Lawyers regulator suggests three years to complain about a crooked lawyer. FIVE YEARS on from the creation of an ‘independent’ regulator to take the sting out of lawyers dealing with their own complaints, the Scottish Legal Complaints Commission (SLCC) has launched a consultation on rules changes which also contains a proposal to raise the current, and controversial one year time bar on client complaints against rogue lawyers to three years.
The consultation will close on November 17th 2014. Anyone wishing to respond to the consultation should contact the Scottish Legal Complaints Commission via contact information provided in the letter sent out by the SLCC: David.Buchanan-Cook@scottishlegalcomplaints.org.uk or firstname.lastname@example.org
Any changes to the rules can only be enacted once approved by Scotland’s top judge, the Lord President, Lord Brian Gill – who is currently waging a war against calls for judges to loosen their grip on their own complaints system – dubbed “Window Dressing” by Scotland’s first Judicial Complaints Reviewer, Moi Ali.
The SLCC has launched a consultation on a number of proposed changes to our Rules.
There are a number of reasons why our Rules need to be reviewed.
Firstly, with the exception of some clarification around the time bar provisions and the removal of the requirement for a draft determination decision, the Rules have not been reviewed since 2009. With the benefit of five years’ operating experience, we are taking the opportunity to ensure that our Rules are fit for purpose. In particular, we are including sections relating to oral hearings and handling complaints which have not previously been part of our Rules.
Secondly, there have been changes made to the Legal Profession and Legal Aid (Scotland) Act 2007. A stakeholder group made up of consumer interest groups and the relevant professional organisations wrote to the Scottish Government in Autumn 2013 to suggest changes which it was agreed would improve the 2007 Act. The Scottish Government conducted a further consultation on these proposals which were subsequently approved by the Justice Committee of the Scottish Parliament in August 2014. These changes have an enactment date of 1 January 2015 and some of them require to be reflected in the Rules. A link to the relevant Justice Committee papers is below, since these provide fuller background on the changes.
Thirdly, the Commission proposes to change the time bar provisions. Additional detail is set out in the attached document and the proposal is that the Commission moves from a one year to a three year time bar. A comparison with time bars operated by other professional bodies and an analysis of the high number of complaints currently excluded by the time bar are strong arguments for change. The proposal aims to encourage swift and transparent complaint handling by practitioners in the first instance. It introduces a shorter six month time limit where the practitioner makes it clear to the complainer that they will take no further action on a complaint and provides details of how a complaint may be raised with the Commission.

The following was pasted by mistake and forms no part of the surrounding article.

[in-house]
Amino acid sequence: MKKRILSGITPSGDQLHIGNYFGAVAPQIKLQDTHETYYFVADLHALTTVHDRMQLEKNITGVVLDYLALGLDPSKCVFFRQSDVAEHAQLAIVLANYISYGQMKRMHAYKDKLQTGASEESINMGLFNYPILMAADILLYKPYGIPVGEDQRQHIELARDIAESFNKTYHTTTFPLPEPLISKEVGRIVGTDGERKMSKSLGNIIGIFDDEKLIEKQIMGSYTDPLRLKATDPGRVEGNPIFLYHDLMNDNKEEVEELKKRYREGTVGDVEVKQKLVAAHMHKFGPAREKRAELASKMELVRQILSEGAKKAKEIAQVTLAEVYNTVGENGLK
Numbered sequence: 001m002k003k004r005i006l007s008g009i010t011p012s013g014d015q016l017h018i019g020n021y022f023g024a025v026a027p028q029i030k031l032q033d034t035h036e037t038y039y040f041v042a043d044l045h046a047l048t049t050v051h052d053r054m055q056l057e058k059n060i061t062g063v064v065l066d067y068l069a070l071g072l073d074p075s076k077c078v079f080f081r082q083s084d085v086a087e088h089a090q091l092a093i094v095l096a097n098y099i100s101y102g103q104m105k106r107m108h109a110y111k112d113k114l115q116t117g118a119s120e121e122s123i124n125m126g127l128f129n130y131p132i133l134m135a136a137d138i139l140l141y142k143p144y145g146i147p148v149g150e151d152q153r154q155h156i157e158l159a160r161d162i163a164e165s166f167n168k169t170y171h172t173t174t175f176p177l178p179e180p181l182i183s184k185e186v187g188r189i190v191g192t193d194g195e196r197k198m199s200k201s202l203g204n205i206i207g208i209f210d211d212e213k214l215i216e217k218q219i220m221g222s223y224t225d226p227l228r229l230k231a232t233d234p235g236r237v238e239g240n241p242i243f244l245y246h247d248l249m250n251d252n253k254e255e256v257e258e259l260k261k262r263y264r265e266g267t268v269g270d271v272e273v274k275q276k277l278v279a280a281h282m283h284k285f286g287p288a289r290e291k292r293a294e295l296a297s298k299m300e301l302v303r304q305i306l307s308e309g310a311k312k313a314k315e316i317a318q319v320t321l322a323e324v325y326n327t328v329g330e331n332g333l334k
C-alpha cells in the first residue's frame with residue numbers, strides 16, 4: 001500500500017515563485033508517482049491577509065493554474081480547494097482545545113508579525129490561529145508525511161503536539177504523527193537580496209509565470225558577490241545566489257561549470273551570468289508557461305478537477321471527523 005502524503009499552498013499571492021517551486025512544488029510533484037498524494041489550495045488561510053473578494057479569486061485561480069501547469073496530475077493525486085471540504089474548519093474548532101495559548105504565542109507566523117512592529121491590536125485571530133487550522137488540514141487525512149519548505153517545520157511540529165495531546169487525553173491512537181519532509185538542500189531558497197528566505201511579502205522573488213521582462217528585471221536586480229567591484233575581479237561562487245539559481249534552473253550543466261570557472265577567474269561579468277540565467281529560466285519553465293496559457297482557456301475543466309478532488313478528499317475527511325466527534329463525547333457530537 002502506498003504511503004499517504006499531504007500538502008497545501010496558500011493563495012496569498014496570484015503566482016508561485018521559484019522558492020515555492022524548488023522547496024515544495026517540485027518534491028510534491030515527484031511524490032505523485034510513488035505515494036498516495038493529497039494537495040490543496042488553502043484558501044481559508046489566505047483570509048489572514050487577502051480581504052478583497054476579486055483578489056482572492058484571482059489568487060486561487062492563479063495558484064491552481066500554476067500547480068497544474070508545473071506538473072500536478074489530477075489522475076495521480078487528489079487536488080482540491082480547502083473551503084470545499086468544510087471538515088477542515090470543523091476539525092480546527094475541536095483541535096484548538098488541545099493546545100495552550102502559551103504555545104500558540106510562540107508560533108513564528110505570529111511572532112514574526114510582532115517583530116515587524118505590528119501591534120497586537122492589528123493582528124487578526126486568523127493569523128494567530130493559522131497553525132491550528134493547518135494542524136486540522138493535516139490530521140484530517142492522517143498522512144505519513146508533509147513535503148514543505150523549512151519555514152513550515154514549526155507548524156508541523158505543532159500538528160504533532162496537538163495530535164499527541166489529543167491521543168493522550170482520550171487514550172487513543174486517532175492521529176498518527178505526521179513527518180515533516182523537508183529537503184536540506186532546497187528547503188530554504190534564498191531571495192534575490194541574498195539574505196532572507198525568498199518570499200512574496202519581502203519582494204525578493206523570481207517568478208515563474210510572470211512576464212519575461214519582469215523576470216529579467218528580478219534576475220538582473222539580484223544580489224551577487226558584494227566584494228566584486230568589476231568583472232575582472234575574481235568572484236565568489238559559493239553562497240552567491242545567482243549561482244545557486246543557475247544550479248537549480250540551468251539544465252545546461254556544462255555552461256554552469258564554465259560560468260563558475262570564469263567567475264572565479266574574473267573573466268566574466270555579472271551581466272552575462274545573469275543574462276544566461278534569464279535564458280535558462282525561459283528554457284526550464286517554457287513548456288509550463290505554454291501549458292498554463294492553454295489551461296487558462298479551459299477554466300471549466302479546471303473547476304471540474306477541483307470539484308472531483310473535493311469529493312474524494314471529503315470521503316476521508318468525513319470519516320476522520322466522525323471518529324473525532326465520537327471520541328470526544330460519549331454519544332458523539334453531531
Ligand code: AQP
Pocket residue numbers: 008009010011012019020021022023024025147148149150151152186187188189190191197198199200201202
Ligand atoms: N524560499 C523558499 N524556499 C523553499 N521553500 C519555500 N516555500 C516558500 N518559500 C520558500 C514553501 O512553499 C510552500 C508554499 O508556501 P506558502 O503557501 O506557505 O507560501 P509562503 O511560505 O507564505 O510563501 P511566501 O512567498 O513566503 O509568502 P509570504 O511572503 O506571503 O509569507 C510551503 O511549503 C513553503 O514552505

Under section 32 (5) of the Legal Profession and Legal Aid (Scotland) Act 2007, the Commission must, before varying its rules, consult with the Lord President of the Court of Session; the Scottish Ministers; the relevant professional organisations; such groups of persons representing consumer interests as it considers appropriate, as to the proposed content of the rules to be varied.
The SLCC’s latest attempt to redefine itself as less of an anti-client regulator comes after several changes in the SLCC’s powers in the Scottish Legal Complaints Commission (Modification of Duties and Powers) Regulations 2014 – among which awarded solicitors involved in conduct complaints a new right to complain about the manner in which the complaint was dealt with by the relevant professional organisation.
The earlier changes were promoted by Cabinet Secretary for Justice Kenny MacAskill at the Scottish Parliament’s Justice Committee.
Although the Justice Secretary argued a range of consumer groups took part in the modification of the SLCC’s rules, suspiciously, none chose to, or were called to appear before MSPs to explain themselves. Scotland’s top judge, who must also approve any changes to the legislation which governs the SLCC, also did not appear at the Justice Committee.
Legal observers expect the reforms to cause little change to the current way in which a mainly lawyer orientated body investigates complaints against other lawyers.
In a previous investigation by Diary of Injustice it was revealed much of the SLCC’s staff are qualified solicitors or have served at the Law Society of Scotland. The SLCC admitted: 15 members of staff qualified as solicitors, 5 members of staff held a previous position at the Law Society of Scotland, 8 members of staff held a previous position at a law firm and 5 members of staff have held previous positions at a law firm and Law Society of Scotland.